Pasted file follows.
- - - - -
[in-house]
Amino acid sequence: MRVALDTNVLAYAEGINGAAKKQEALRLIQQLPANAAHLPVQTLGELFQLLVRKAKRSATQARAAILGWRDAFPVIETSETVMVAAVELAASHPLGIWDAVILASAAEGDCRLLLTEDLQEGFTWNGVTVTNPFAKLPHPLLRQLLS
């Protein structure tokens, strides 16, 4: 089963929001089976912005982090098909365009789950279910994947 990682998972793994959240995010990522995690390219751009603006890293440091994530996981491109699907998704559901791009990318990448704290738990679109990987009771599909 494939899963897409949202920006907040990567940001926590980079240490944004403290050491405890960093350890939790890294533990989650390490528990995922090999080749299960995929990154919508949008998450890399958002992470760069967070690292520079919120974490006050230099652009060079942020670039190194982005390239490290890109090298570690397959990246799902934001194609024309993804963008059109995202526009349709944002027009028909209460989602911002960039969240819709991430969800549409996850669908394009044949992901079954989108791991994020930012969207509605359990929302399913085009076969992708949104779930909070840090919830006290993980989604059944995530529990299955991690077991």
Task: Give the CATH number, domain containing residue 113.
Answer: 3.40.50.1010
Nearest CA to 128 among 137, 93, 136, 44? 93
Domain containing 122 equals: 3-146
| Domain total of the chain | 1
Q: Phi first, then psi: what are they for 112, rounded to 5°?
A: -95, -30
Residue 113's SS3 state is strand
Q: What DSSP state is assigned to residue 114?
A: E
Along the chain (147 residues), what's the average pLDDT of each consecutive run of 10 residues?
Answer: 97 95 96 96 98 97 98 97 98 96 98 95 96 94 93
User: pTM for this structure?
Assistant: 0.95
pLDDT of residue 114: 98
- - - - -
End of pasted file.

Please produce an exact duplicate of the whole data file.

[in-house]
Amino acid sequence: MRVALDTNVLAYAEGINGAAKKQEALRLIQQLPANAAHLPVQTLGELFQLLVRKAKRSATQARAAILGWRDAFPVIETSETVMVAAVELAASHPLGIWDAVILASAAEGDCRLLLTEDLQEGFTWNGVTVTNPFAKLPHPLLRQLLS
């Protein structure tokens, strides 16, 4: 089963929001089976912005982090098909365009789950279910994947 990682998972793994959240995010990522995690390219751009603006890293440091994530996981491109699907998704559901791009990318990448704290738990679109990987009771599909 494939899963897409949202920006907040990567940001926590980079240490944004403290050491405890960093350890939790890294533990989650390490528990995922090999080749299960995929990154919508949008998450890399958002992470760069967070690292520079919120974490006050230099652009060079942020670039190194982005390239490290890109090298570690397959990246799902934001194609024309993804963008059109995202526009349709944002027009028909209460989602911002960039969240819709991430969800549409996850669908394009044949992901079954989108791991994020930012969207509605359990929302399913085009076969992708949104779930909070840090919830006290993980989604059944995530529990299955991690077991």
Task: Give the CATH number, domain containing residue 113.
Answer: 3.40.50.1010
Nearest CA to 128 among 137, 93, 136, 44? 93
Domain containing 122 equals: 3-146
| Domain total of the chain | 1
Q: Phi first, then psi: what are they for 112, rounded to 5°?
A: -95, -30
Residue 113's SS3 state is strand
Q: What DSSP state is assigned to residue 114?
A: E
Along the chain (147 residues), what's the average pLDDT of each consecutive run of 10 residues?
Answer: 97 95 96 96 98 97 98 97 98 96 98 95 96 94 93
User: pTM for this structure?
Assistant: 0.95
pLDDT of residue 114: 98